Key Achievements in 2004
Major Challenges Ahead
Overall Education Landscape
Regulatory Framework and Governance Structure
Management of Schools and Tertiary Institutions
Curriculum Development
Professional Development at Schools
Student Finance
Community Participation in Education
Committee on the Promotion of Civic Education
Commission on Youth
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The Government has been progressively
implementing a comprehensive education
reform ranging from early childhood to
tertiary and continuing education. The
core objectives of the reform are to
'motivate students to learn', and help
them 'learn to learn'.

The key to realising this vision, is to create a conducive learning environment that promotes learner autonomy so as to nurture students to become self-regulated lifelong learners.

The education reform initiatives are wide-ranging and intertwining. There are, broadly speaking, six major strands - curriculum and assessment reform, language education, professional development, student admission systems, expansion of education opportunities, and school improvement.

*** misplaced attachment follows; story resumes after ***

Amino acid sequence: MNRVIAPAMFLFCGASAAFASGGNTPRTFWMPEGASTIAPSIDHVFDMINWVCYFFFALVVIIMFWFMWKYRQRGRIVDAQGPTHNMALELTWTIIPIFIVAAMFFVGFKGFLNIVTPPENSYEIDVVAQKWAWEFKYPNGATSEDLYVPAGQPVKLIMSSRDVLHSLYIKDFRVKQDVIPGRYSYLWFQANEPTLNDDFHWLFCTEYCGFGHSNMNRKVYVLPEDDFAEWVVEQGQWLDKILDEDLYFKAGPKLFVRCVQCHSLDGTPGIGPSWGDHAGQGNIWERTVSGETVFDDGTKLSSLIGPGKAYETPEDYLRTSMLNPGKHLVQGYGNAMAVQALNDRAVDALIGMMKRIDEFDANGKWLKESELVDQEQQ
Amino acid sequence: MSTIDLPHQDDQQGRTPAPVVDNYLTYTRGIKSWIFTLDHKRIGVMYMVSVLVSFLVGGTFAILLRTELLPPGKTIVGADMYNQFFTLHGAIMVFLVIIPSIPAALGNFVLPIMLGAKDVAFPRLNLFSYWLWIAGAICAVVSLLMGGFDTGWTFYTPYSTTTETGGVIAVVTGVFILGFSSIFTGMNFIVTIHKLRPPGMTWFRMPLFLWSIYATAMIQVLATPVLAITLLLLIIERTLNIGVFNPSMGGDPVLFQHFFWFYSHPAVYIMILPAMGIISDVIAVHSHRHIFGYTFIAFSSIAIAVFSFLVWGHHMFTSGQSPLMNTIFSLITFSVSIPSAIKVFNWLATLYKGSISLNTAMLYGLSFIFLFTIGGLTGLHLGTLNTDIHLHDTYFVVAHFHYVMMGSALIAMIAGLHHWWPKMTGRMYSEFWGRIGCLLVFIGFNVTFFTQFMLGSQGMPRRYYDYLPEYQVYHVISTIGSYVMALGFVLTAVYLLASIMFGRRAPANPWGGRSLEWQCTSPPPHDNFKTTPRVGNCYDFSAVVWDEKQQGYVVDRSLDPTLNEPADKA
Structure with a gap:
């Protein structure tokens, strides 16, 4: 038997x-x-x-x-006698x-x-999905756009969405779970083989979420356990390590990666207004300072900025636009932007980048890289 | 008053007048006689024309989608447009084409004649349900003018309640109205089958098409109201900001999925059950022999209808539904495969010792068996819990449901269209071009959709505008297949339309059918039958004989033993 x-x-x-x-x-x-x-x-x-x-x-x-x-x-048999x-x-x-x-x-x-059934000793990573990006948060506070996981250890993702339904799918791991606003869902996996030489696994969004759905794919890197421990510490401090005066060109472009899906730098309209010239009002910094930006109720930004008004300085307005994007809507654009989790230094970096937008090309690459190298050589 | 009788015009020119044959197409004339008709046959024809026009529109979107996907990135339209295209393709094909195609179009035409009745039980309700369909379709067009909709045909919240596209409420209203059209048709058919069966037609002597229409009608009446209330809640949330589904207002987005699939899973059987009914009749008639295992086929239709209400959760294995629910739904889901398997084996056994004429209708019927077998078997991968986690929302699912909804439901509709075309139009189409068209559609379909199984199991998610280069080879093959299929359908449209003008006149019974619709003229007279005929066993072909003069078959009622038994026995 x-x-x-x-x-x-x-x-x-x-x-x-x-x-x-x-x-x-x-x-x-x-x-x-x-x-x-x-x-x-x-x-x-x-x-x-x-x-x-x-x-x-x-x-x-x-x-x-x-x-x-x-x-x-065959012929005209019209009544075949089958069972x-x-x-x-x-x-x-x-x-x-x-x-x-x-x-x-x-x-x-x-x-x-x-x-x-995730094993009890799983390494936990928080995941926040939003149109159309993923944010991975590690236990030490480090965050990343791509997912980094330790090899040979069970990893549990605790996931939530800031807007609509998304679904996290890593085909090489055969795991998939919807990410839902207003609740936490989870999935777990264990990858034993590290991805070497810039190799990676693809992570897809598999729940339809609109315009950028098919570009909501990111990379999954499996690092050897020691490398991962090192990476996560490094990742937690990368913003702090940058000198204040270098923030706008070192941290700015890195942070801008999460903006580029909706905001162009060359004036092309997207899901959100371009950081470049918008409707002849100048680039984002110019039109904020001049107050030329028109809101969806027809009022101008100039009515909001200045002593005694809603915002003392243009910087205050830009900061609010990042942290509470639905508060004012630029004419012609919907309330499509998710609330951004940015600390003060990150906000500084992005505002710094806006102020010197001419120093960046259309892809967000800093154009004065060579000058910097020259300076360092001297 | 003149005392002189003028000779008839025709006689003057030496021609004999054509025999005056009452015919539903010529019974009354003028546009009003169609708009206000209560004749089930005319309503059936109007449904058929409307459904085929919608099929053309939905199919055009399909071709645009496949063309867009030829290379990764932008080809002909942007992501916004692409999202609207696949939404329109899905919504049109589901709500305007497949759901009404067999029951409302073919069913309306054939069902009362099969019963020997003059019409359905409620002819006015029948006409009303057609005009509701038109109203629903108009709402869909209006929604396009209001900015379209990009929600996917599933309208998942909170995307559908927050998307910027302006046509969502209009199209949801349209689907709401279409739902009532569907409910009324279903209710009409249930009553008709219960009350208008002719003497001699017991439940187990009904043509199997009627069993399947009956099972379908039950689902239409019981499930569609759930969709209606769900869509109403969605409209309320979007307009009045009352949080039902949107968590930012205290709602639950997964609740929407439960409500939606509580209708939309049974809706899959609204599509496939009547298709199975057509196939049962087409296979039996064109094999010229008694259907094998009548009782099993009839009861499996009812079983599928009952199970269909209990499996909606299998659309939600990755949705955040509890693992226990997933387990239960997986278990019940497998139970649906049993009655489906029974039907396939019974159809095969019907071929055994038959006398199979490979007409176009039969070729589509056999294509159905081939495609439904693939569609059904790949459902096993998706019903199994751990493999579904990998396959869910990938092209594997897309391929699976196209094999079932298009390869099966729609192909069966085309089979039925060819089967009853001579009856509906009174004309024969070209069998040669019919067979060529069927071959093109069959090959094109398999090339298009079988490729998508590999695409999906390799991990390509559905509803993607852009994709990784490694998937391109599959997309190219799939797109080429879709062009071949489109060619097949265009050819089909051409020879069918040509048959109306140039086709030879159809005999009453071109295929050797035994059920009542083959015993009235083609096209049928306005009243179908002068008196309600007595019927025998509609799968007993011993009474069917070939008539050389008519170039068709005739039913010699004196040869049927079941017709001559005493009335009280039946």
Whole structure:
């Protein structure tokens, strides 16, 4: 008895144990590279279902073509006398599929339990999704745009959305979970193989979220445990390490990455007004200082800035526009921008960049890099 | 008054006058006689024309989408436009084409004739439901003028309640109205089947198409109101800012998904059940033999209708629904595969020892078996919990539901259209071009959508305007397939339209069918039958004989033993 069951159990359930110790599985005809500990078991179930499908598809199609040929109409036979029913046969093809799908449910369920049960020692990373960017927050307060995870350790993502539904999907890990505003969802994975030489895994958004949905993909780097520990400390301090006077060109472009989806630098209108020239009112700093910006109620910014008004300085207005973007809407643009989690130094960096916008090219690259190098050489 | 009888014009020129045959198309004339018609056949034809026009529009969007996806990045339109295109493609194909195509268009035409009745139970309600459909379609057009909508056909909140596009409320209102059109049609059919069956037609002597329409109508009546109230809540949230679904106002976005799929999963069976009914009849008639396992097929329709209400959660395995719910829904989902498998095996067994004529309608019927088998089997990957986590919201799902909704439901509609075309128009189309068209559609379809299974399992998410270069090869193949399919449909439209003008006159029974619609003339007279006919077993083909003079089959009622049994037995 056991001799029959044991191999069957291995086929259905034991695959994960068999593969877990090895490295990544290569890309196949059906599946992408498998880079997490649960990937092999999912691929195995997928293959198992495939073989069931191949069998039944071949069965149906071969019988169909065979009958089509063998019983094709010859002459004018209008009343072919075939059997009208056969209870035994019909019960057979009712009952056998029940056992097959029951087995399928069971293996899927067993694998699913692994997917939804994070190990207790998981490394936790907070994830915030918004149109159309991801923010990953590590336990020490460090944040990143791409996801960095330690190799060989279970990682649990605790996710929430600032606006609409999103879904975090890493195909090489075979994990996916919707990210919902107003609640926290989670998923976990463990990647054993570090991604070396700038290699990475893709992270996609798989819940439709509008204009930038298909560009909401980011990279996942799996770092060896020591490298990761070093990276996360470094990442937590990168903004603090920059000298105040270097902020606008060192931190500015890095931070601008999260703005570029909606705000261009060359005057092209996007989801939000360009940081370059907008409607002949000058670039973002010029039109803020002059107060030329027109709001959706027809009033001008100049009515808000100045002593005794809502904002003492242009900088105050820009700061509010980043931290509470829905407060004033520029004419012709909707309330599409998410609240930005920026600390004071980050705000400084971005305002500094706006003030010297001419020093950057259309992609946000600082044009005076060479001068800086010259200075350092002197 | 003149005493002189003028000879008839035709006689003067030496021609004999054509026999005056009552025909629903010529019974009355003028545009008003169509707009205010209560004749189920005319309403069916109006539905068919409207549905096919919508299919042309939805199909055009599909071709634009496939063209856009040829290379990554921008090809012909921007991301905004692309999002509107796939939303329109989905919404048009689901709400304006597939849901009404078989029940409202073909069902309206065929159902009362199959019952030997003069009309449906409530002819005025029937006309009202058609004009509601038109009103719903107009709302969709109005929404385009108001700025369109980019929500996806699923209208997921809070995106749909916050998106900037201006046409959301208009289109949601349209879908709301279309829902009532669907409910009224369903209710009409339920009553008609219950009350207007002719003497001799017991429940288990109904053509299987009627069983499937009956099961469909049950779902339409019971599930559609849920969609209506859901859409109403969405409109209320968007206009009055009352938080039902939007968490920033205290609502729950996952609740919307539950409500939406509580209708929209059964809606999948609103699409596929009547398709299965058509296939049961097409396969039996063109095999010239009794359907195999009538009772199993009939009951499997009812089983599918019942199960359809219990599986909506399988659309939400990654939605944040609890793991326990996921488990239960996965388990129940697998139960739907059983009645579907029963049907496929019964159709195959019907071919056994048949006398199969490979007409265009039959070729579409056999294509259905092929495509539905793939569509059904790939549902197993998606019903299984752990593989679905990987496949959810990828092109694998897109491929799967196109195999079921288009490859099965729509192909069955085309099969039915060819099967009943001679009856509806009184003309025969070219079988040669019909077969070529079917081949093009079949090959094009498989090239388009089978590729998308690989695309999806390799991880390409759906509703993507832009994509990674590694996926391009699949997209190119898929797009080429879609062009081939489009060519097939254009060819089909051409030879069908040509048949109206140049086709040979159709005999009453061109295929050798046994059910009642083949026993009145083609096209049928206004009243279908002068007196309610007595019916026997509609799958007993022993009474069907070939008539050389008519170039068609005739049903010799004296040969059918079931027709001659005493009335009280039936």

Efforts over the past four years have borne fruits. A number of surveys have revealed that positive and encouraging changes are taking place in many areas. Over 70 per cent of primary school and over 50 per cent of secondary school principals reported improvement in students' communication skills, independent thinking, motivation, creativity and commitment following the education reform. Over 50 per cent of school heads reported significant improvements in the relationship among the stakeholders - teachers, parents and students - and higher morale among teaching staff, despite additional work. Over 70 per cent of primary students find learning more enjoyable and like going to school more than before. The teaching force has become more professional and there are more collaboration and experience sharing among teachers and schools.

In October 2004, the Government started a three-month consultation to solicit the views of all stakeholders on the design blueprint, timetable for implementation and financial arrangements for a new academic structure comprising three years of senior secondary and four years of undergraduate education. There is overwhelming support for the proposed reform and constructive feedback from the community. The Government will decide on the way forward by mid-2005.